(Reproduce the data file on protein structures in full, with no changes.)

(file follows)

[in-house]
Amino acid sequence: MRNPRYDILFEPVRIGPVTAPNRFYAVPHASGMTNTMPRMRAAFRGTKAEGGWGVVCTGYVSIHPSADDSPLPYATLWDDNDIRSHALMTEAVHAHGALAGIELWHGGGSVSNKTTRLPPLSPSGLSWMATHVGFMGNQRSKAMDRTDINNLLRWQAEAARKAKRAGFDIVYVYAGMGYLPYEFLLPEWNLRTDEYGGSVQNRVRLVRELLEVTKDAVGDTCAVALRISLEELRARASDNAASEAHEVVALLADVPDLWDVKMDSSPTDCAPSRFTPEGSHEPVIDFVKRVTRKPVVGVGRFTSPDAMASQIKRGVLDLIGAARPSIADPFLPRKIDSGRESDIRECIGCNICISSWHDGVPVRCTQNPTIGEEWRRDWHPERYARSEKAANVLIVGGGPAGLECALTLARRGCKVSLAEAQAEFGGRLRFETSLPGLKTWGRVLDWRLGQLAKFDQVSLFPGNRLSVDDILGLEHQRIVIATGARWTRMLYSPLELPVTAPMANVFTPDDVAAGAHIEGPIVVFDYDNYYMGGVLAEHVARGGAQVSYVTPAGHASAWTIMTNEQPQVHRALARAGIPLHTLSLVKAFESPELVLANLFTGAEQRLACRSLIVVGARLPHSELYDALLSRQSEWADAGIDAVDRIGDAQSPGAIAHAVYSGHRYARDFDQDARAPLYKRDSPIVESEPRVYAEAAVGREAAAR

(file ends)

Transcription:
[in-house]
Amino acid sequence: MRNPRYDILFEPVRIGPVTAPNRFYAVPHASGMTNTMPRMRAAFRGTKAEGGWGVVCTGYVSIHPSADDSPLPYATLWDDNDIRSHALMTEAVHAHGALAGIELWHGGGSVSNKTTRLPPLSPSGLSWMATHVGFMGNQRSKAMDRTDINNLLRWQAEAARKAKRAGFDIVYVYAGMGYLPYEFLLPEWNLRTDEYGGSVQNRVRLVRELLEVTKDAVGDTCAVALRISLEELRARASDNAASEAHEVVALLADVPDLWDVKMDSSPTDCAPSRFTPEGSHEPVIDFVKRVTRKPVVGVGRFTSPDAMASQIKRGVLDLIGAARPSIADPFLPRKIDSGRESDIRECIGCNICISSWHDGVPVRCTQNPTIGEEWRRDWHPERYARSEKAANVLIVGGGPAGLECALTLARRGCKVSLAEAQAEFGGRLRFETSLPGLKTWGRVLDWRLGQLAKFDQVSLFPGNRLSVDDILGLEHQRIVIATGARWTRMLYSPLELPVTAPMANVFTPDDVAAGAHIEGPIVVFDYDNYYMGGVLAEHVARGGAQVSYVTPAGHASAWTIMTNEQPQVHRALARAGIPLHTLSLVKAFESPELVLANLFTGAEQRLACRSLIVVGARLPHSELYDALLSRQSEWADAGIDAVDRIGDAQSPGAIAHAVYSGHRYARDFDQDARAPLYKRDSPIVESEPRVYAEAAVGREAAAR